When he reached home he found the day of trial had arrived. All the people were gathered in the palace to see the drinking-horns his brothers had brought. They didn't consider what he would bring, or whether he would come back at all. Just then one good woman, wiping the soap-suds from her hands as she turned from her washing at the river to join the throng, exclaimed, "Hoity toity! You and your laughing princes – a grave one for me, say I! Laughing may lead a man to throw away his money, but what about to feed the poor, or govern a kingdom? I like one who keeps his head clear for his business," said the good wife.
All the rest disagreed. He trod sadly and secretly up to his mother's chamber, where she sat her window and watched the people.
"What do you here, son?" she asked when he entered; "you have but one short half-hour to show up with what you have got. Hurry to the council-hall!"
She pulled off the wrapper around the drinking-horn and looked at it.
"My son, this is a priceless work!" She led him along.
It was dark in the council-hall too; but when the queen had dragged her son up to the throne where the king sat, she uncovered the flagon with its sparkling stones.
Then everyone owned that the grave prince had won the trial.
The king declared it was too late for any more business that night. The next morning he would proclaim who was to be the new king. With that the people all went to rest.
But in the silent night the two young brothers came to the king and complained that they had been circumvented. If their father would but allow another trial . . .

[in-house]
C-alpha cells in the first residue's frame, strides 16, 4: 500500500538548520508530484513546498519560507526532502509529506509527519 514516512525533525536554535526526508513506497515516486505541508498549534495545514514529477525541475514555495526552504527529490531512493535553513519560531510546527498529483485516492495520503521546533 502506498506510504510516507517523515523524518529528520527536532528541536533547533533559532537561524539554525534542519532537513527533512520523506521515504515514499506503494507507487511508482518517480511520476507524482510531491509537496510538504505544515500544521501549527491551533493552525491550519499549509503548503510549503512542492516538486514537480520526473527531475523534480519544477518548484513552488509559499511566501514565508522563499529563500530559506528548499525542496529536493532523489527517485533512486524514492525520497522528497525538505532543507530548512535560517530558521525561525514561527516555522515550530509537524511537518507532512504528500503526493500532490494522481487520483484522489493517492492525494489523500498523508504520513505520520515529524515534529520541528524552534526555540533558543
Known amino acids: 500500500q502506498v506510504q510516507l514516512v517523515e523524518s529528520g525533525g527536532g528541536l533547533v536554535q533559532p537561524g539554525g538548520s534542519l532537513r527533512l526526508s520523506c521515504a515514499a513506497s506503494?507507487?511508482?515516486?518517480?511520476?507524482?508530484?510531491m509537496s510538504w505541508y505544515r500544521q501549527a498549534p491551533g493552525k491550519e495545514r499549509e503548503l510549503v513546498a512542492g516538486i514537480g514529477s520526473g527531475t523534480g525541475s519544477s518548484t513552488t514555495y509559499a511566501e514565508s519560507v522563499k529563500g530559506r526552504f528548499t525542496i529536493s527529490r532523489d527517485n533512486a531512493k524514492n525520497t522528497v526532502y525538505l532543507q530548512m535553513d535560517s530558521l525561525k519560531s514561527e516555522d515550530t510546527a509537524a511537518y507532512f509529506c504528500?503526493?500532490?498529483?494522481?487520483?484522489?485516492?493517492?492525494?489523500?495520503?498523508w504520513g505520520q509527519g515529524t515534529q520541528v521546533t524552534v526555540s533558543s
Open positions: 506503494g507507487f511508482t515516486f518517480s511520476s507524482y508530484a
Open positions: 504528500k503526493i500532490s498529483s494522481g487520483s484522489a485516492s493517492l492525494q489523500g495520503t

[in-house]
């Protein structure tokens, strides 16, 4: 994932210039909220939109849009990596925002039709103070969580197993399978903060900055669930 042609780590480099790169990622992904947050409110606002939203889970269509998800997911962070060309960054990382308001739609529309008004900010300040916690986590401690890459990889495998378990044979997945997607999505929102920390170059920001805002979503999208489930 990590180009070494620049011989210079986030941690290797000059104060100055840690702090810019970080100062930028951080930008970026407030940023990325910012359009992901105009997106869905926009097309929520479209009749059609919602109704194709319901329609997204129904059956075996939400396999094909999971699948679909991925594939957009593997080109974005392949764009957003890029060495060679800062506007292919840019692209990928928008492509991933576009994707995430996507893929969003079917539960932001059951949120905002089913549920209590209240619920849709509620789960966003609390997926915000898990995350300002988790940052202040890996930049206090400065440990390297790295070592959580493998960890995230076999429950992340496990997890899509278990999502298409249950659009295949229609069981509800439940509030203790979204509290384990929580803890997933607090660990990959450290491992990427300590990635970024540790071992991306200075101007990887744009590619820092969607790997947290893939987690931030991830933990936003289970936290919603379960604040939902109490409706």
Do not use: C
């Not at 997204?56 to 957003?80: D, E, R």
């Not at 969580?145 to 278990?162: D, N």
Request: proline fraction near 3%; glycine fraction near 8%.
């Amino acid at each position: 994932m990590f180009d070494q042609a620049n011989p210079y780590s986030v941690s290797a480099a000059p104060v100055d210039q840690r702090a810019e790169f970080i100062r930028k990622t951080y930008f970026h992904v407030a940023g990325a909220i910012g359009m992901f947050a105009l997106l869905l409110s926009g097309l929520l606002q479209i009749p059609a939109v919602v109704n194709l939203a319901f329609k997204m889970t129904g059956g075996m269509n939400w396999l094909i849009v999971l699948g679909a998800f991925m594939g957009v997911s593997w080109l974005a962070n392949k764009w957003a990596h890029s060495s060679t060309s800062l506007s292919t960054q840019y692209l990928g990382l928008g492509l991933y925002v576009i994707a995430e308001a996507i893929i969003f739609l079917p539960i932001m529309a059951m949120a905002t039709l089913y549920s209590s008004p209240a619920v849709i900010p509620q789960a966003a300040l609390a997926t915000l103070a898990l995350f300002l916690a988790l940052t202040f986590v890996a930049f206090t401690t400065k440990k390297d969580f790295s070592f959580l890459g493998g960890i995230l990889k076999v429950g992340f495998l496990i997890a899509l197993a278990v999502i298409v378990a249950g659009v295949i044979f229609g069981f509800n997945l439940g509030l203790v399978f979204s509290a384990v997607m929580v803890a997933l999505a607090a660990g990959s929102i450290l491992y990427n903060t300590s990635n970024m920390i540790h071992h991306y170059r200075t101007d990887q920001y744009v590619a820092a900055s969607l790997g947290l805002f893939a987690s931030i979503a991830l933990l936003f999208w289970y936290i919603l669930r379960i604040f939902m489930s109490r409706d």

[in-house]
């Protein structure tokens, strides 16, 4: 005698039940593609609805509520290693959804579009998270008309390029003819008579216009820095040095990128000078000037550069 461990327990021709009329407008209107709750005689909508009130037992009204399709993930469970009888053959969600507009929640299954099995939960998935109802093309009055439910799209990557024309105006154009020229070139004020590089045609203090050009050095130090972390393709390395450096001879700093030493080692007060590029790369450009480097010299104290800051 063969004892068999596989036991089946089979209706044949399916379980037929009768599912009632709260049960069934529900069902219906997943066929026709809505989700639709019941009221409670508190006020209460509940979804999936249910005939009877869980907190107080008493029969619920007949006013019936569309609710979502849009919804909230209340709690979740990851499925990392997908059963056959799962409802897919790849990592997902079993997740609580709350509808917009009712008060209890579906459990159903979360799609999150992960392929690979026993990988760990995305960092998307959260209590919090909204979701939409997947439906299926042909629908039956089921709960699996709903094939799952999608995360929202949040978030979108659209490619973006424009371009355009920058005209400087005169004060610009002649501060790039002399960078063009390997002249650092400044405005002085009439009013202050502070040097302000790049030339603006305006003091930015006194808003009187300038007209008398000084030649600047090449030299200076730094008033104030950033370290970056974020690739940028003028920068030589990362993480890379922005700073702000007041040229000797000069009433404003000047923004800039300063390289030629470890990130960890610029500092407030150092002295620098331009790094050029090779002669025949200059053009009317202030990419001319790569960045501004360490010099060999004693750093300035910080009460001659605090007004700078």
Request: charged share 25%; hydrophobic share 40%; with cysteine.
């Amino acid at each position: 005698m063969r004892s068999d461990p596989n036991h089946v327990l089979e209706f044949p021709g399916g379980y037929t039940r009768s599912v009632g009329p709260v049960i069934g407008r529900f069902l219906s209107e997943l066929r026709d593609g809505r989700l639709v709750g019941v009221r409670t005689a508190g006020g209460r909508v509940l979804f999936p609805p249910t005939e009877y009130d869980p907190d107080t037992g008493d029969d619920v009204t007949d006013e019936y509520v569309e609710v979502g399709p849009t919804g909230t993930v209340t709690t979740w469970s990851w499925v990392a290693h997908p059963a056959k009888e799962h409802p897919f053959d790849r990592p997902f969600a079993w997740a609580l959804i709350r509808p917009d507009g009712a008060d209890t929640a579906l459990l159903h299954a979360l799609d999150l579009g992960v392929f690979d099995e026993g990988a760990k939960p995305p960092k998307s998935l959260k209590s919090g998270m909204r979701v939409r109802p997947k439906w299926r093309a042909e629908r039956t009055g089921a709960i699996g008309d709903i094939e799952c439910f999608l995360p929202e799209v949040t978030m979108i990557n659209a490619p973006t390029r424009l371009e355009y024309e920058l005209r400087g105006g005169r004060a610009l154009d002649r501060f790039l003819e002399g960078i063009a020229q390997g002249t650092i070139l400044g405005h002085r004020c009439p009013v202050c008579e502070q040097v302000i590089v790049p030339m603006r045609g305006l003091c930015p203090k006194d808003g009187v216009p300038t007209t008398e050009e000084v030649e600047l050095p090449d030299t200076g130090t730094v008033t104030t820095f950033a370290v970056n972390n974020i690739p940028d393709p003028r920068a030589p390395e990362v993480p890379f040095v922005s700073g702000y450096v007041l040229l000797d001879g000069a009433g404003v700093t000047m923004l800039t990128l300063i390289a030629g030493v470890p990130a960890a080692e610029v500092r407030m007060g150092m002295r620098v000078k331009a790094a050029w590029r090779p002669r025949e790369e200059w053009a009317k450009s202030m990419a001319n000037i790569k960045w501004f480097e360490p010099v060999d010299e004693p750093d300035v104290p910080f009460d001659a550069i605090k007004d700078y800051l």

So the next day the king announced that he had determined there should be a fresh trial of skill; the prince who could bring him the best hunting-whip within a year, should have the crown.
The princes set off next day. The eldest son sped on towards the cat's castle. She sat looking out for him.
"I told you it would not be long before you came back to me," she said. "Can I help you this time?"
"My brothers made our father decide on another trial. He sent us in quest of a hunting-whip."
"Well, I can suit you with one!" She frisked merrily along the path before him till they came to the stables. There she took him into a room where all sorts of saddles, horse-gear and hunting-horns were stored. On a high ledge was a dusty hunting-whip. It did not look like much.
"It is not much to look at," she said. "But you have but to crack this whip and your horse will jump over anything you put him at. Saddle a horse and see for yourself."
When the prince did it, his horse jumped over hills and valleys.
"This is really a whip!" exclaimed the prince.
The cat invited him into the next room, where an elegant dinner was laid out by unseen servants. When the two had finished their meal, the cat reminded him that he must be thinking of going home, if he would not that his brothers should win because he did not reach there in time.
"With the hunting-whip I have given you, you will win the trial. But there will be yet another trial for you and you will have to come back again to me. At that time you cannot say a word to me all that time."
He would try to, he said.
"There is one more thing: you have to do whatever I command at that time, however dreadful it may be. Agree?
He said yes.
"This is what you must do next time. When you come in, you will find me sitting on the kitchen stove. Dash me upon the hearthstone till there is nothing left of me but the fur! It is the thing to be done. Respect your promise to me."
He rose to leave; and she followed him down the path, purring by his side till they came to the boundary-wall and parted.
When the prince reached the council-hall, everyone seemed to have decided that his two brothers had won the day. When they saw him come in with the shabby old whip the beneficent cat had given him, they laughed scornfully. The king ordered him to leave the hall for venturing to insult him by bringing such a present. No one would listen to a word he had to say.